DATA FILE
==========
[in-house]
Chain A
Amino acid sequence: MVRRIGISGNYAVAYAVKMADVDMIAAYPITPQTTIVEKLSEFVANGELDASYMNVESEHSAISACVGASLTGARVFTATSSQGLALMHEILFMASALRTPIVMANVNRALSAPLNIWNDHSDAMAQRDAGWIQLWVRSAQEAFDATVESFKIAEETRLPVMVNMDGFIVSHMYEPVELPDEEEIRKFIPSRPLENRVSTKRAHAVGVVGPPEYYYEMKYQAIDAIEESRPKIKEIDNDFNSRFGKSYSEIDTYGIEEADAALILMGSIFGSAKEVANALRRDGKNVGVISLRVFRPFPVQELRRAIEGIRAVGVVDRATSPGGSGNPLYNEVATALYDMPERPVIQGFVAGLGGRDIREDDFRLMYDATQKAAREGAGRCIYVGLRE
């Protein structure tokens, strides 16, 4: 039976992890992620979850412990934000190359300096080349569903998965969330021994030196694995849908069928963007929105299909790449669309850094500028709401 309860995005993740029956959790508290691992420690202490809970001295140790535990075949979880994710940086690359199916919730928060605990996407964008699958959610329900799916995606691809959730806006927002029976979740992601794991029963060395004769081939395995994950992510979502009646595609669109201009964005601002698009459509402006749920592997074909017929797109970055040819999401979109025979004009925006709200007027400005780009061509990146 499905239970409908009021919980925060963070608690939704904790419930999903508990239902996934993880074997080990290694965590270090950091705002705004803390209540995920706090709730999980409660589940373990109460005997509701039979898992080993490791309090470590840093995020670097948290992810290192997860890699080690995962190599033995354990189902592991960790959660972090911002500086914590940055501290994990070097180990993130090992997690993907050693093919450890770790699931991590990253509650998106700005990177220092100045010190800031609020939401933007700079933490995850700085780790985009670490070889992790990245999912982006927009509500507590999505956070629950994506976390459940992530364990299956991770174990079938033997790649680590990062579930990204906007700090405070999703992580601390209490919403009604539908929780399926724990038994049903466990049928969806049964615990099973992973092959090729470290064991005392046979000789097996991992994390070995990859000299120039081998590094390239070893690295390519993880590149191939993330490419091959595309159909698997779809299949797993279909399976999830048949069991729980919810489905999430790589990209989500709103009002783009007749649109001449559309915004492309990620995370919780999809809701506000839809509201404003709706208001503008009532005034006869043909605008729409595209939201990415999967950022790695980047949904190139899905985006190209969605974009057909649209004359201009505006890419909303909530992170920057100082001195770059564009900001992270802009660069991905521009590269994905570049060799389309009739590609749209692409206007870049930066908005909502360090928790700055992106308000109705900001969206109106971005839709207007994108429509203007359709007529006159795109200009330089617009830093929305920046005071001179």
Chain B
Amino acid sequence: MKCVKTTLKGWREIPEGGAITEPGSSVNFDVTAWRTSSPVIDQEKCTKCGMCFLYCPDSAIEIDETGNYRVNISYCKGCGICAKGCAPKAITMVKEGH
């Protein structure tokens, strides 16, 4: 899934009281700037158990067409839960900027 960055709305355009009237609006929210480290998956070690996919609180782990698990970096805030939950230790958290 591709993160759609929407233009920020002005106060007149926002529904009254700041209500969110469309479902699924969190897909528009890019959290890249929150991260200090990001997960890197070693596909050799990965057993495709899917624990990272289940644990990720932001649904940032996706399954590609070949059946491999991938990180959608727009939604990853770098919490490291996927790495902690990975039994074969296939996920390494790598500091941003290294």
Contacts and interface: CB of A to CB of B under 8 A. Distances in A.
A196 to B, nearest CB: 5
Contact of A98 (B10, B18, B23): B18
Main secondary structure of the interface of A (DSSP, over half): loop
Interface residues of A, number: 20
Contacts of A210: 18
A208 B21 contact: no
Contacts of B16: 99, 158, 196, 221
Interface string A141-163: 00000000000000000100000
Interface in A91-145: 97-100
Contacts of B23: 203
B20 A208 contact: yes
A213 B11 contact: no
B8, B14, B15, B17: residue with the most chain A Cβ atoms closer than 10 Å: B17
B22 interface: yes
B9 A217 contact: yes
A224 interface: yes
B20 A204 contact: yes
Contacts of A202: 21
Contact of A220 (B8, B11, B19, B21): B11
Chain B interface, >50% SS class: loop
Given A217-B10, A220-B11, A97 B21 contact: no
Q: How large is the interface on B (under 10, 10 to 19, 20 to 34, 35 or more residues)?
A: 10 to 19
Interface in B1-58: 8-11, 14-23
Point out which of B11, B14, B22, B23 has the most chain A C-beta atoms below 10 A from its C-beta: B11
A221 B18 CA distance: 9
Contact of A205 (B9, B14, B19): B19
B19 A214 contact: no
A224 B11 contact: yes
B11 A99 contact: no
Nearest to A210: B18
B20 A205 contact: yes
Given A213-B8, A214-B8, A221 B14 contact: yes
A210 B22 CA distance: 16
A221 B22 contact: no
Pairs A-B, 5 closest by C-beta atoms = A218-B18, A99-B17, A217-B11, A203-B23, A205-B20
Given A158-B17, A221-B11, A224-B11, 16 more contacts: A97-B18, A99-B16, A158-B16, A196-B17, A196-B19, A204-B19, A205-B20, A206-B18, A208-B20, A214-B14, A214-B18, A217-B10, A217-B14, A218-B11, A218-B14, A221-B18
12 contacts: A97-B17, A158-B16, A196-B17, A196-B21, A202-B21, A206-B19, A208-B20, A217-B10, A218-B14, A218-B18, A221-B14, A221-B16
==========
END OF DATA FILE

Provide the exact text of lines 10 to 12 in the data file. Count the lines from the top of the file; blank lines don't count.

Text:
Contact of A98 (B10, B18, B23): B18
Main secondary structure of the interface of A (DSSP, over half): loop
Interface residues of A, number: 20